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Child sexual exploitation

Child sexual exploitation is child abuse.

If you are concerned that a child is at risk of harm, contact Social Services.

To report your concerns, contact Social Services Swansea Single Point of Contact (SPOC)

In an emergency, contact the police on 101 or dial 999.


What is child sexual exploitation?

It is the coercion or manipulation of children and young people into taking part in sexual activities.

It is a form of sexual abuse involving an exchange of some form of payment which can include: money, mobile phones and other items, drugs, alcohol, a place to stay, 'protection' or 'affection'.

The vulnerability of the young person and grooming process employed by perpetrators, renders them powerless to recognise the exploitative nature of relationships and unable to give informed consent.

Children and young people do not volunteer to be sexually exploited and they cannot consent to their own abuse. This applies as much to young people aged 16 and 17 as it does to younger children. It can happen to girls and boys.

Online child sexual exploitation is where perpetrators deceive, coerce and manipulate children into producing and sharing indecent images of themselves or engaging in sexual chat or sexual activity over a webcam. However, online child sexual exploitation can also move on to the perpetrator meeting a child in the 'real world' to engage in actual sexual acts; this is sometimes called 'offline offending'.



Possible signs of child sexual exploitation 

It is important that anyone can spot the possible signs that a child is being - or may be - at risk of being sexually exploited.

Significant signs include:

  • periods of going missing overnight or longer;
  • older 'boyfriend/girlfriend' relationship with controlling adult;
  • physical/emotional abuse by that 'boyfriend/girlfriend' controlling adult;
  • entering/leaving vehicles driven by unknown adults;
  • unexplained amounts of money, expensive clothing or other items;
  • frequenting areas known for on or off sexual exploitation;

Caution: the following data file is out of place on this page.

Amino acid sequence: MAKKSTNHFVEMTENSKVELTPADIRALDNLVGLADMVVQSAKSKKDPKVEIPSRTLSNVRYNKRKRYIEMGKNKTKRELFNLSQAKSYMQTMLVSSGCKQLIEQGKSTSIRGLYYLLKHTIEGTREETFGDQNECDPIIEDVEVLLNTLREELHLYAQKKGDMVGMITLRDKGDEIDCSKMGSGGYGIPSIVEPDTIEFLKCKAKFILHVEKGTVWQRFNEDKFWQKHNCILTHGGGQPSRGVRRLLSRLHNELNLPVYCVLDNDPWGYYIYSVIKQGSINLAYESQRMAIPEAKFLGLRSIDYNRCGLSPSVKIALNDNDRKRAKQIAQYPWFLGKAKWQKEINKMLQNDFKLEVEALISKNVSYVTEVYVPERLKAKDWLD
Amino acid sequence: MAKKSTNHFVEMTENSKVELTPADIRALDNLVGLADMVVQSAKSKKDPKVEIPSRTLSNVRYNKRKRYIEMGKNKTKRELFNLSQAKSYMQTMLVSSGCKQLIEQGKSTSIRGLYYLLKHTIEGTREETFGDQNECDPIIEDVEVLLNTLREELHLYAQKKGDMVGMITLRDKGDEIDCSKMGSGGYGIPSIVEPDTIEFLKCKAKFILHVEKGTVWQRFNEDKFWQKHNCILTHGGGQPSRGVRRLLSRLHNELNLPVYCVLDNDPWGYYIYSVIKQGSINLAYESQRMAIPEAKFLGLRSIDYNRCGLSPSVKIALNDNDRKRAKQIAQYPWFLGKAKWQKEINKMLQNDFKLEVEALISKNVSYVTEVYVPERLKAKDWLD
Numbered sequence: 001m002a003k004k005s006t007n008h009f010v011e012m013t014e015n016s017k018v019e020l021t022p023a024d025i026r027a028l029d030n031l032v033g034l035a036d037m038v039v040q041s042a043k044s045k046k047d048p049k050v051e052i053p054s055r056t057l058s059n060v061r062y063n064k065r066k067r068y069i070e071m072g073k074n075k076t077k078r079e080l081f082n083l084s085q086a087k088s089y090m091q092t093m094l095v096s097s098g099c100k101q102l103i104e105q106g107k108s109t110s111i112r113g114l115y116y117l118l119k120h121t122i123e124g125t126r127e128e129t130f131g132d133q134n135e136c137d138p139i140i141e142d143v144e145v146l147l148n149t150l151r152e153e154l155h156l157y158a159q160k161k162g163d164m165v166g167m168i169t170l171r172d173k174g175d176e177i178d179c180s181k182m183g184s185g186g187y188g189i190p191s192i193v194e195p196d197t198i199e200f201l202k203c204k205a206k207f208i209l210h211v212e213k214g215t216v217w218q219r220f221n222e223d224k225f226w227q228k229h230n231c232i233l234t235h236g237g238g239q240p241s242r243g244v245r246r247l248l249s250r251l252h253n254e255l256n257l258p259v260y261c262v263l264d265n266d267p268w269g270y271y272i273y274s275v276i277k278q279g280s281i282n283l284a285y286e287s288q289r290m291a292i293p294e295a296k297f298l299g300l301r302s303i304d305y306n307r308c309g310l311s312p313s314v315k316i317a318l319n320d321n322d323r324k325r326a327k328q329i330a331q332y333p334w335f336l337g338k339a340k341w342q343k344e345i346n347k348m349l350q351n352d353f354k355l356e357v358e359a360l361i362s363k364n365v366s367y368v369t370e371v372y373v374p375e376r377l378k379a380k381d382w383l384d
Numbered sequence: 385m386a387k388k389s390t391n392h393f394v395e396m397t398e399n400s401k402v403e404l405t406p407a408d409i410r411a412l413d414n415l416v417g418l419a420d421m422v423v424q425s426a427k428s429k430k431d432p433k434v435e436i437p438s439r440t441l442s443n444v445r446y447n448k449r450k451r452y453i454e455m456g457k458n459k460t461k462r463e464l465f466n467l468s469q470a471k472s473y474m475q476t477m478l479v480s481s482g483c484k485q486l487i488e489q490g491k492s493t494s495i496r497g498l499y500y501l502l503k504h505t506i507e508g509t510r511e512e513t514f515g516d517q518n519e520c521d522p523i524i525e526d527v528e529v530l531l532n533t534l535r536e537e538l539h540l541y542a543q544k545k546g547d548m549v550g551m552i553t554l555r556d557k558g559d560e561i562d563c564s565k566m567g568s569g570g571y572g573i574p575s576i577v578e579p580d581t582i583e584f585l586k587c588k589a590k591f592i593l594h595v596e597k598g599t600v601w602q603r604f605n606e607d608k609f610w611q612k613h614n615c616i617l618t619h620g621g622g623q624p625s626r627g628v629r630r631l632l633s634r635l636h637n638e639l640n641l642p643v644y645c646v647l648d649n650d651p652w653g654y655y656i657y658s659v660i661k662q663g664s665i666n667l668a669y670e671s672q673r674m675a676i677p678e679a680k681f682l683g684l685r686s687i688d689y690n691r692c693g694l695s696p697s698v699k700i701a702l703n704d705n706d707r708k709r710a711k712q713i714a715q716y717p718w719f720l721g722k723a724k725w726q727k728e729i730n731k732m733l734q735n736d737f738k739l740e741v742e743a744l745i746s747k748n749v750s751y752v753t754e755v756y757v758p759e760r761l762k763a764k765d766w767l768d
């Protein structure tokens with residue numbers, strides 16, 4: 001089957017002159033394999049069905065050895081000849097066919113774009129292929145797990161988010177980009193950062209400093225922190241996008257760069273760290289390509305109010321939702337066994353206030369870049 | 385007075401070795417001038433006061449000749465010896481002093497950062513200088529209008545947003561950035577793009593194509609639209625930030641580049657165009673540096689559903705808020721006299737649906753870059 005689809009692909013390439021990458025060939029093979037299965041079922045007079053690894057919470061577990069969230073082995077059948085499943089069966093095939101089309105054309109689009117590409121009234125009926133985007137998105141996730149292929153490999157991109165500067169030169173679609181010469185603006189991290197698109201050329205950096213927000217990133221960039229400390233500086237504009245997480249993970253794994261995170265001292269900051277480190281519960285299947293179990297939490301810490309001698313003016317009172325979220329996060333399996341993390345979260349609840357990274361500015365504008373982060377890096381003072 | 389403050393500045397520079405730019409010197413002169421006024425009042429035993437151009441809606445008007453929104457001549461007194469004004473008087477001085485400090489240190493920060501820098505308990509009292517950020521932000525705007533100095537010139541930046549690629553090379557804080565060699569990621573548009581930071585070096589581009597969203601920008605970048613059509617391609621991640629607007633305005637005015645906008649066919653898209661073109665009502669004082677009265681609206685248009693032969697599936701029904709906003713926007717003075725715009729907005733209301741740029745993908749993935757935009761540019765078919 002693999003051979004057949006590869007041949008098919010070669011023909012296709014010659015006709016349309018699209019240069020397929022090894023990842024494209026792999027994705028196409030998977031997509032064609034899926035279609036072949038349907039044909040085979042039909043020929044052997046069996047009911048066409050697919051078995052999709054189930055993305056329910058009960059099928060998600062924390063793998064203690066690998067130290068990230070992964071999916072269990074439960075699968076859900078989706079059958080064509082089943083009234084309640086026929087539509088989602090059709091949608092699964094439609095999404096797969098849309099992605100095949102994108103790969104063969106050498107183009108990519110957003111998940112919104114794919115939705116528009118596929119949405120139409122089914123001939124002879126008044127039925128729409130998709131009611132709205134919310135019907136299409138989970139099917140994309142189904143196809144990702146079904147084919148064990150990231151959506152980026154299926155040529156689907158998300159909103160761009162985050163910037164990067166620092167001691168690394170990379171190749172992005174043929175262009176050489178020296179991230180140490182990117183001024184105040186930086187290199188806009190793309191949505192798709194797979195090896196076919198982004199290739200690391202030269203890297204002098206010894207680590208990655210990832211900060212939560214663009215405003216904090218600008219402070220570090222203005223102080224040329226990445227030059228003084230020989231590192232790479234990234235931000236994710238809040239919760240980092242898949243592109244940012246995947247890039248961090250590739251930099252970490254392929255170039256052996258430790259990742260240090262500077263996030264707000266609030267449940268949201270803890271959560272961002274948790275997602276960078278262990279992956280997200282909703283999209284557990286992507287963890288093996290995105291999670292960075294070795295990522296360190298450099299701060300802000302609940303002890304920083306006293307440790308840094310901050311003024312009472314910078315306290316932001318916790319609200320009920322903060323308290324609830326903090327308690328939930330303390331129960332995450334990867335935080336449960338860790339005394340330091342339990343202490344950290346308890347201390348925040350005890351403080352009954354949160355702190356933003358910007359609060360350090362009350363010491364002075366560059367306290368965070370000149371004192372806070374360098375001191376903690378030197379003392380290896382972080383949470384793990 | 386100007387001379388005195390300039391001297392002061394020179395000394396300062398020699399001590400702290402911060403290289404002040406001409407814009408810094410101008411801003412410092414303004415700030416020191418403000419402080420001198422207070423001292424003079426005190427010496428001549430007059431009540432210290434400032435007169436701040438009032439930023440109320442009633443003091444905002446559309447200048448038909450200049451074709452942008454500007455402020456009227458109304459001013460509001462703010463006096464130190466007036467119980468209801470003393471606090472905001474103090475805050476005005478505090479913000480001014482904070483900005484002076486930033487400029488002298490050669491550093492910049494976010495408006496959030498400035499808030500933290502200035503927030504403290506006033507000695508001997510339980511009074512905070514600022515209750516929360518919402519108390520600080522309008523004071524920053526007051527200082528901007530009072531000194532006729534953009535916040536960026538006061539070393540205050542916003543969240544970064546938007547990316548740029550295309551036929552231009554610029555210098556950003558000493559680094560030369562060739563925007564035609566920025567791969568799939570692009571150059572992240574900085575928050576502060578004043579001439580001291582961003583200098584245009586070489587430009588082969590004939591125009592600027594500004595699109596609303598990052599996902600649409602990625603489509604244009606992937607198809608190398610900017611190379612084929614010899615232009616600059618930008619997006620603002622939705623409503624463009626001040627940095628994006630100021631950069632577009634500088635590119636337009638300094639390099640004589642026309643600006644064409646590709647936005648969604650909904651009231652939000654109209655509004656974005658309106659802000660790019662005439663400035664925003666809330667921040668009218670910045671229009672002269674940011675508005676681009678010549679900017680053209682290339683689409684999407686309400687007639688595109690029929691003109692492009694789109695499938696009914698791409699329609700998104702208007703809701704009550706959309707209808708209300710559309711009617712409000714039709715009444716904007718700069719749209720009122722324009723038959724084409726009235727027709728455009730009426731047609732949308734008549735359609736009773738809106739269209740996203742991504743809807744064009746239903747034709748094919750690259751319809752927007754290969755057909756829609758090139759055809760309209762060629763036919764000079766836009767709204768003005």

• physical injury without plausible explanation;
  • disclosure of sexual/physical assault followed by withdrawal of allegation;
  • peers involved in clipping (receiving payment in exchange for agreement to perform sexual acts but not performing the sexual act)/sexual exploitation.

Other signs include:

  • staying out late;
  • multiple callers (unknown adults/older young people);
  • use of a mobile phone that causes concern;
  • expressions of despair (self--harm, overdose, eating disorder, challenging behaviour, aggression);
  • sexually transmitted infections;
  • drugs misuse;
  • alcohol misuse;
  • use of the Internet that causes concern;
  • unsuitable/inappropriate accommodation (including street homelessness);
  • isolated from peers/social networks;
  • lack of positive relationship with a protective/nurturing adult;
  • exclusion from school or unexplained absences from or not engaged in school/college/training;
  • living independently and failing to respond to attempts by worker to keep in touch.

Children and young people may not recognise that they are being sexually exploited or even if they do realise what is happening, they may not feel able to tell anybody.



If you are concerned that a child is at immediate risk of harm from child sexual exploitation:

  • Call the POLICE on 999.

If you are concerned that a child is at risk of sexual exploitation or suffering from exploitation:

  • At work, speak to your lead professional for child protection - if your organisation has one; or

If you have a concern, DON'T

  • delay; or
  • assume that someone else will notice and do something.
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